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I'm having some problems with collision detection here:

I have 2 cars viewed from above, so I want 2d collision detection on them while there actualy 3d, and those cars can rotate in any degree.

From those cars, I have following data:

* Their centerpoint(x,z; y is height) around which they rotate,

* Their rotation angle,

* Their lenght and width

There is of course the simple collision detection between to rectangles (=lenghts and widths), but you already see this would be a bad detection method cause when rotating, the rectangle is not straight anymore.

Therefore I'm looking for a (mathematical, but functional would be much better for me) collision detection between rotatable rectangles that is perfect.

Can anyone help me with that ?

Thanks in advance,

Egsoc

I have 2 cars viewed from above, so I want 2d collision detection on them while there actualy 3d, and those cars can rotate in any degree.

From those cars, I have following data:

* Their centerpoint(x,z; y is height) around which they rotate,

* Their rotation angle,

* Their lenght and width

There is of course the simple collision detection between to rectangles (=lenghts and widths), but you already see this would be a bad detection method cause when rotating, the rectangle is not straight anymore.

Therefore I'm looking for a (mathematical, but functional would be much better for me) collision detection between rotatable rectangles that is perfect.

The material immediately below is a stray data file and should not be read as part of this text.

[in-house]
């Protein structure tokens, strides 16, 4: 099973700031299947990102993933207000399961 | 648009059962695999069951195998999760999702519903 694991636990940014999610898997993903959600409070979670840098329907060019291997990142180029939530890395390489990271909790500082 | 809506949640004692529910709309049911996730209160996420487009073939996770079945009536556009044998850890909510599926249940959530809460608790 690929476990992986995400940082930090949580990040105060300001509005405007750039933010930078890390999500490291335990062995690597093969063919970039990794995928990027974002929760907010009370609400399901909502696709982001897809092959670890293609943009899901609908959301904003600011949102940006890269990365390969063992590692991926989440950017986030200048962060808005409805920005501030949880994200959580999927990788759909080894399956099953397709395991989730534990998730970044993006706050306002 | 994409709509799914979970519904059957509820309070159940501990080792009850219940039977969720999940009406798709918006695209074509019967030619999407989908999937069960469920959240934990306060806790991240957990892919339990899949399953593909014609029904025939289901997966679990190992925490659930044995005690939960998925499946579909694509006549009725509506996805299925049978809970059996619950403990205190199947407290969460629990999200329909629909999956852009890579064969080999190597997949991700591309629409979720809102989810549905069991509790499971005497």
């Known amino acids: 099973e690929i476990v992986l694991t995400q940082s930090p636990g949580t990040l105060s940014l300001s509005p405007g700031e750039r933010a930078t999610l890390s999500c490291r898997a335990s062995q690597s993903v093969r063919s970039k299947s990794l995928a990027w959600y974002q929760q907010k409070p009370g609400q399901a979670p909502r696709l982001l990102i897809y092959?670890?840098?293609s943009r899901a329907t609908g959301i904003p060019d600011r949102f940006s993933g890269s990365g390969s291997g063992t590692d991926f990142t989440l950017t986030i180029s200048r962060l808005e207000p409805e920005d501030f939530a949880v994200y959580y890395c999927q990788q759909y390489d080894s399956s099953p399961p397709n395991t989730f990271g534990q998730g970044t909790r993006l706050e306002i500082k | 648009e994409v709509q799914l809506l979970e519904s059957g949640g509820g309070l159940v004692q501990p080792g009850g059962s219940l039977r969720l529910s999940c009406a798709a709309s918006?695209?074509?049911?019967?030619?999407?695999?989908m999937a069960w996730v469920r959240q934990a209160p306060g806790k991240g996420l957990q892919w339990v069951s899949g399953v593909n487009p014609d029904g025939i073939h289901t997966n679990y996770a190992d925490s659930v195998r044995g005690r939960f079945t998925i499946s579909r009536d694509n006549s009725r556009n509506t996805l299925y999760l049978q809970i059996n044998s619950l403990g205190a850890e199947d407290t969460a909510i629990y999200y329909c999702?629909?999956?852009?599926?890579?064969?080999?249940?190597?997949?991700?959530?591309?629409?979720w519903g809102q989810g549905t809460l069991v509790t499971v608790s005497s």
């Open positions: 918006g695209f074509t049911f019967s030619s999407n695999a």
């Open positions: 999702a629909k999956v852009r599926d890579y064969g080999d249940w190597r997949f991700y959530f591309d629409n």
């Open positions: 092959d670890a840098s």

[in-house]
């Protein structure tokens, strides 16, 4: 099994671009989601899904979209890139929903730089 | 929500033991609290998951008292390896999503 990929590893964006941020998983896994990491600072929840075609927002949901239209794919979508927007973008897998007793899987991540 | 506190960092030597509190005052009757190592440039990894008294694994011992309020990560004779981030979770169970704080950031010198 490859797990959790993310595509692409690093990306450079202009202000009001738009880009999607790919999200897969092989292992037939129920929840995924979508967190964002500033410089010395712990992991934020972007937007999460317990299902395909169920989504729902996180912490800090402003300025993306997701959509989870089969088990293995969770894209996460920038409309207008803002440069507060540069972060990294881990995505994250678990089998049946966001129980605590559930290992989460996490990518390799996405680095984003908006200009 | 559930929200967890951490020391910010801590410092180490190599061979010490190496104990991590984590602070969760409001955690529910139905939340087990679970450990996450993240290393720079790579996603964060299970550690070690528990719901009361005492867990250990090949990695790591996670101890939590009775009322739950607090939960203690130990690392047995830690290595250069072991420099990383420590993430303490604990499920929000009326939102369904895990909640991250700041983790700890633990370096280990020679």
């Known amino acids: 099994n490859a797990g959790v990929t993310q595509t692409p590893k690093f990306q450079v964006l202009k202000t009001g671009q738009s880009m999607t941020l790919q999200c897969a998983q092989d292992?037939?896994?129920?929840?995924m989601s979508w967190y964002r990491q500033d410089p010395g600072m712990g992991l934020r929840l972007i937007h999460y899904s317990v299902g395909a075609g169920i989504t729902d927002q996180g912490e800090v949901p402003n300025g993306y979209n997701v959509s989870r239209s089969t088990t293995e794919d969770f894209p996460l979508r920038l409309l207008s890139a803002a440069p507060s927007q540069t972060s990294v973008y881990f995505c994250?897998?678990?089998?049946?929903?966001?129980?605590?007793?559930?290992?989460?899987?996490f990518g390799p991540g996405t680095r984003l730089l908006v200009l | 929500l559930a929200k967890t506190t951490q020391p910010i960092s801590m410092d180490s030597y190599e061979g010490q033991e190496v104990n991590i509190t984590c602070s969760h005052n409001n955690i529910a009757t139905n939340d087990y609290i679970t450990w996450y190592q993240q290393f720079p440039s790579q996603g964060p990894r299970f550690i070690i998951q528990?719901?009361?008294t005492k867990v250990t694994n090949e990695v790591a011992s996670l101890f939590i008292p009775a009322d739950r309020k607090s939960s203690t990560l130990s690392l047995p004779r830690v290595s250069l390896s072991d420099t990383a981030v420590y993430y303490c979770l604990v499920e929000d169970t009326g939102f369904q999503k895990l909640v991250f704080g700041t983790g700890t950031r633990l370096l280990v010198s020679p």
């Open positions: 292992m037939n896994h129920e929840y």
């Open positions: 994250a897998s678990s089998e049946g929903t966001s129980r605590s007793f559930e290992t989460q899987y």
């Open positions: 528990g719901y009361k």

Can anyone help me with that ?

Thanks in advance,

Egsoc

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So if there are 2 cars, one could be rotated like 20° and the other one 96° for example.

It's here where the problem begins.

I have a function to get the distance between the 2 centers but I don't know how to first calculate 4 points of a car when it's rotated and then what to test them with on the other car.

About the fast car problem:

I was thinking about it and came up with the idea to pretend the car was driving only halve as fast and calculate collisions based on that. That would make the detection twice as refined.

Egsoc

float s = sin( rot_angle );

float c = cos( rot_angle );

float l = length / 2;

float w = width / 2;

float lfx = x + l * c - w * s;

float lfy = y + l * s + w * c;

float rfx = x + l * c + w * s;

float rfy = y + l * s - w * c;

float lrx = x - l * c - w * s;

float lry = y - l * s + w * c;

float rrx = x - l * c + w * s;

float rry = y - l * s - w * c;

With those 4 corners you can set up equations for for all 4 sides of the car, according to y - mx - c = 0, with m being dy/dx [be sure to include special handling for dx == 0]. The next step would be to feed the corners of car1 into the equations for all 4 sides of car2 and if they have the same sign, this corner is _insides_ car2, else it is not. Do this for all 4 corners or until one corner is inside the other car.

A note on the fast-car-problem: Make sure to time your calculations in such a manner, that between 2 consecutive executions the maximum distance travelled is less than the smaller value of width and length.

Hope this helps. It certainly isn't the fastest possible solution, but the second [computationally expensive] step will rarely have to be executed when using the [rather cheap] distance calculation described above, befor devling into the trig-jungle.

.f

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Start your 7-day free trialIf I understood well; the equation for each side of car2 would be YPos MINUS (?) MULTIPLY XPos MINUS Cosinus.

I didn't realy see what -dy- and -dx- are...

Also, What is the sign of a point of car1 ? And how do you get the sign of an equation ?

I'm getting there...Finally...:)

Egsoc

NB: I think anyone can see I'm not exactly a mathematical genius...